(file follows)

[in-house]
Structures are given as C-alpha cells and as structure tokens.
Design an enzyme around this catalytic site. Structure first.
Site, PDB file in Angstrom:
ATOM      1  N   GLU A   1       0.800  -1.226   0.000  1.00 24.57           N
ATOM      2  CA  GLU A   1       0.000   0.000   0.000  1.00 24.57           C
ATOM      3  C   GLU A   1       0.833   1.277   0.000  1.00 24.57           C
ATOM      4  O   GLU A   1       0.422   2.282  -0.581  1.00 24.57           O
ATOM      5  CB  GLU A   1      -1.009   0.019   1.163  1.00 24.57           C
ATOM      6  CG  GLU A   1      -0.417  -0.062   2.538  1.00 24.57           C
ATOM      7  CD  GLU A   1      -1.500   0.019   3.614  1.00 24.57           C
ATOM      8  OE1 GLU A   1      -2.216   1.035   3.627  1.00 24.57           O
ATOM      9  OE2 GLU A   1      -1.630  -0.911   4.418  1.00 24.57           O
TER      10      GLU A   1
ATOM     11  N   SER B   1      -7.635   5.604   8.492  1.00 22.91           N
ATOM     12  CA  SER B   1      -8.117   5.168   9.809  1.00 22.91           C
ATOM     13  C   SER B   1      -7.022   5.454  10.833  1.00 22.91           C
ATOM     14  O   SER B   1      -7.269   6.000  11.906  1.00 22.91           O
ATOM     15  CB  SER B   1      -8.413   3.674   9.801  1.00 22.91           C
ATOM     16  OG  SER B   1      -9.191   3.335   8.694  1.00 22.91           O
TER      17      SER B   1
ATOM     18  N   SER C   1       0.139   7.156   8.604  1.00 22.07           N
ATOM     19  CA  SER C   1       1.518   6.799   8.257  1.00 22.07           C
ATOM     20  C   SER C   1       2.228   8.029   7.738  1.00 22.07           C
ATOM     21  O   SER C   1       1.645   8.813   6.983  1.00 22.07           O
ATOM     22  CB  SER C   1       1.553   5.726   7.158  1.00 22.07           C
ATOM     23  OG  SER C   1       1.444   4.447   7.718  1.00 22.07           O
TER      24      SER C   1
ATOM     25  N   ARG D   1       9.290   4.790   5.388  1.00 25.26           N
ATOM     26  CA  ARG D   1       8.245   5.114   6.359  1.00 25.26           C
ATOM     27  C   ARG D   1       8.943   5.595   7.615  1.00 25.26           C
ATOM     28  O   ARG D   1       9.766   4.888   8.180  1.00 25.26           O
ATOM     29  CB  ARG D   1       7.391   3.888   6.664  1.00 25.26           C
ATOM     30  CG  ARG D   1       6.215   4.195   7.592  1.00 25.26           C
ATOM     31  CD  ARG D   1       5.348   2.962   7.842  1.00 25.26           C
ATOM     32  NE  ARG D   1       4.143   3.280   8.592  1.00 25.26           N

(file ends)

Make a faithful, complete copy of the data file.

[in-house]
Structures are given as C-alpha cells and as structure tokens.
Design an enzyme around this catalytic site. Structure first.
Site, PDB file in Angstrom:
ATOM      1  N   GLU A   1       0.800  -1.226   0.000  1.00 24.57           N
ATOM      2  CA  GLU A   1       0.000   0.000   0.000  1.00 24.57           C
ATOM      3  C   GLU A   1       0.833   1.277   0.000  1.00 24.57           C
ATOM      4  O   GLU A   1       0.422   2.282  -0.581  1.00 24.57           O
ATOM      5  CB  GLU A   1      -1.009   0.019   1.163  1.00 24.57           C
ATOM      6  CG  GLU A   1      -0.417  -0.062   2.538  1.00 24.57           C
ATOM      7  CD  GLU A   1      -1.500   0.019   3.614  1.00 24.57           C
ATOM      8  OE1 GLU A   1      -2.216   1.035   3.627  1.00 24.57           O
ATOM      9  OE2 GLU A   1      -1.630  -0.911   4.418  1.00 24.57           O
TER      10      GLU A   1
ATOM     11  N   SER B   1      -7.635   5.604   8.492  1.00 22.91           N
ATOM     12  CA  SER B   1      -8.117   5.168   9.809  1.00 22.91           C
ATOM     13  C   SER B   1      -7.022   5.454  10.833  1.00 22.91           C
ATOM     14  O   SER B   1      -7.269   6.000  11.906  1.00 22.91           O
ATOM     15  CB  SER B   1      -8.413   3.674   9.801  1.00 22.91           C
ATOM     16  OG  SER B   1      -9.191   3.335   8.694  1.00 22.91           O
TER      17      SER B   1
ATOM     18  N   SER C   1       0.139   7.156   8.604  1.00 22.07           N
ATOM     19  CA  SER C   1       1.518   6.799   8.257  1.00 22.07           C
ATOM     20  C   SER C   1       2.228   8.029   7.738  1.00 22.07           C
ATOM     21  O   SER C   1       1.645   8.813   6.983  1.00 22.07           O
ATOM     22  CB  SER C   1       1.553   5.726   7.158  1.00 22.07           C
ATOM     23  OG  SER C   1       1.444   4.447   7.718  1.00 22.07           O
TER      24      SER C   1
ATOM     25  N   ARG D   1       9.290   4.790   5.388  1.00 25.26           N
ATOM     26  CA  ARG D   1       8.245   5.114   6.359  1.00 25.26           C
ATOM     27  C   ARG D   1       8.943   5.595   7.615  1.00 25.26           C
ATOM     28  O   ARG D   1       9.766   4.888   8.180  1.00 25.26           O
ATOM     29  CB  ARG D   1       7.391   3.888   6.664  1.00 25.26           C
ATOM     30  CG  ARG D   1       6.215   4.195   7.592  1.00 25.26           C
ATOM     31  CD  ARG D   1       5.348   2.962   7.842  1.00 25.26           C
ATOM     32  NE  ARG D   1       4.143   3.280   8.592  1.00 25.26           N